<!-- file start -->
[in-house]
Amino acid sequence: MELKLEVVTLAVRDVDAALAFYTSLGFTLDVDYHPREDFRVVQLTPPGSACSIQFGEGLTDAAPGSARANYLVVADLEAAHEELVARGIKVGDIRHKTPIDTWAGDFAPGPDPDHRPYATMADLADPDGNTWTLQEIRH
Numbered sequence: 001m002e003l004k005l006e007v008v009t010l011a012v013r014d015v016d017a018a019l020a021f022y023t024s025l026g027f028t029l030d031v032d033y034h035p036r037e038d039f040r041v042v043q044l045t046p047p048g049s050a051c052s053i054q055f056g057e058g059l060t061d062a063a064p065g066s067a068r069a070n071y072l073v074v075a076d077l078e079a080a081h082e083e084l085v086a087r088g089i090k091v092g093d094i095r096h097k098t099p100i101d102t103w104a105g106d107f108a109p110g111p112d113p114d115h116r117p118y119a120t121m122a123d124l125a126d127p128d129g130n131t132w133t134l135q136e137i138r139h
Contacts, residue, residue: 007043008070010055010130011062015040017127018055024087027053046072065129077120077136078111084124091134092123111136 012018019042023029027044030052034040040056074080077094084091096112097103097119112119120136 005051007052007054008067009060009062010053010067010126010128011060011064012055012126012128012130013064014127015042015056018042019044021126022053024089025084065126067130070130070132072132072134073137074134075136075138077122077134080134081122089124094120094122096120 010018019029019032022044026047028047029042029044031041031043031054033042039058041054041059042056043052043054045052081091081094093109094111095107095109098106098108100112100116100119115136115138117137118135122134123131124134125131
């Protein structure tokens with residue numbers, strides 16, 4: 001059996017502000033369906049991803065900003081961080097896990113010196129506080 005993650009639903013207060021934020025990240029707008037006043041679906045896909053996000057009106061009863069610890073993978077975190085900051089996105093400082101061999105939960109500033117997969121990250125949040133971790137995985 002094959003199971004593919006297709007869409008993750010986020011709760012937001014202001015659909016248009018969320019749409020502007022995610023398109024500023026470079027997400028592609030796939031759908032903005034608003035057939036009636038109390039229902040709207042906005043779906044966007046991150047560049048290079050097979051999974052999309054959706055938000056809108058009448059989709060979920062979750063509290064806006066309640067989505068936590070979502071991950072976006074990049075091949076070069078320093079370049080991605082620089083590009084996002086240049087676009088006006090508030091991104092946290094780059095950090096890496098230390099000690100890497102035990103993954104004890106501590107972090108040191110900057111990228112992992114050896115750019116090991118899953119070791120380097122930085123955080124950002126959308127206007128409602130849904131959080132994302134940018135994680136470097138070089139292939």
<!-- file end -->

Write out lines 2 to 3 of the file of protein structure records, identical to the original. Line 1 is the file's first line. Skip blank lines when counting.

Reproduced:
Amino acid sequence: MELKLEVVTLAVRDVDAALAFYTSLGFTLDVDYHPREDFRVVQLTPPGSACSIQFGEGLTDAAPGSARANYLVVADLEAAHEELVARGIKVGDIRHKTPIDTWAGDFAPGPDPDHRPYATMADLADPDGNTWTLQEIRH
Numbered sequence: 001m002e003l004k005l006e007v008v009t010l011a012v013r014d015v016d017a018a019l020a021f022y023t024s025l026g027f028t029l030d031v032d033y034h035p036r037e038d039f040r041v042v043q044l045t046p047p048g049s050a051c052s053i054q055f056g057e058g059l060t061d062a063a064p065g066s067a068r069a070n071y072l073v074v075a076d077l078e079a080a081h082e083e084l085v086a087r088g089i090k091v092g093d094i095r096h097k098t099p100i101d102t103w104a105g106d107f108a109p110g111p112d113p114d115h116r117p118y119a120t121m122a123d124l125a126d127p128d129g130n131t132w133t134l135q136e137i138r139h